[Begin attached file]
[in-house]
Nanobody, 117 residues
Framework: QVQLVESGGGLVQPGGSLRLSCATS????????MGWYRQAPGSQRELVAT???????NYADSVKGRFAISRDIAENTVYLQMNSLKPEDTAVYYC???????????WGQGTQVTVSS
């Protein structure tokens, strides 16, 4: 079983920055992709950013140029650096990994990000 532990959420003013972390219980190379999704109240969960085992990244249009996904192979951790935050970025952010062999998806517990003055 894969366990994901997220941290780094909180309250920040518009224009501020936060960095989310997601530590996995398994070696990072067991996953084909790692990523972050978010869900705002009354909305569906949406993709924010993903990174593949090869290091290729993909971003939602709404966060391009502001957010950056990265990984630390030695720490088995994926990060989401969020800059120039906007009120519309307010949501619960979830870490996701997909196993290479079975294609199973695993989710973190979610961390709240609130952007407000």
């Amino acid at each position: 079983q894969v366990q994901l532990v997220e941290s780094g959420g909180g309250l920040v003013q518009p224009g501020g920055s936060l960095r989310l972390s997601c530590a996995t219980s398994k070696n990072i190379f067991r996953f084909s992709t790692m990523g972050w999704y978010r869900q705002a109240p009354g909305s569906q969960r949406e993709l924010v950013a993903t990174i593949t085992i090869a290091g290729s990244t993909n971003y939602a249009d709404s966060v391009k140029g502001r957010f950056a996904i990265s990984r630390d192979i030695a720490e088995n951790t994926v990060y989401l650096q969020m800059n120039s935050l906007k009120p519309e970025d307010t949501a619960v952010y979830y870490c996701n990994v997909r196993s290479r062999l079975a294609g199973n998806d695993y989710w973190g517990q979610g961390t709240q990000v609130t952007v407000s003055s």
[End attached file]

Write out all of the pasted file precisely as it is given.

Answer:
[in-house]
Nanobody, 117 residues
Framework: QVQLVESGGGLVQPGGSLRLSCATS????????MGWYRQAPGSQRELVAT???????NYADSVKGRFAISRDIAENTVYLQMNSLKPEDTAVYYC???????????WGQGTQVTVSS
């Protein structure tokens, strides 16, 4: 079983920055992709950013140029650096990994990000 532990959420003013972390219980190379999704109240969960085992990244249009996904192979951790935050970025952010062999998806517990003055 894969366990994901997220941290780094909180309250920040518009224009501020936060960095989310997601530590996995398994070696990072067991996953084909790692990523972050978010869900705002009354909305569906949406993709924010993903990174593949090869290091290729993909971003939602709404966060391009502001957010950056990265990984630390030695720490088995994926990060989401969020800059120039906007009120519309307010949501619960979830870490996701997909196993290479079975294609199973695993989710973190979610961390709240609130952007407000």
């Amino acid at each position: 079983q894969v366990q994901l532990v997220e941290s780094g959420g909180g309250l920040v003013q518009p224009g501020g920055s936060l960095r989310l972390s997601c530590a996995t219980s398994k070696n990072i190379f067991r996953f084909s992709t790692m990523g972050w999704y978010r869900q705002a109240p009354g909305s569906q969960r949406e993709l924010v950013a993903t990174i593949t085992i090869a290091g290729s990244t993909n971003y939602a249009d709404s966060v391009k140029g502001r957010f950056a996904i990265s990984r630390d192979i030695a720490e088995n951790t994926v990060y989401l650096q969020m800059n120039s935050l906007k009120p519309e970025d307010t949501a619960v952010y979830y870490c996701n990994v997909r196993s290479r062999l079975a294609g199973n998806d695993y989710w973190g517990q979610g961390t709240q990000v609130t952007v407000s003055s």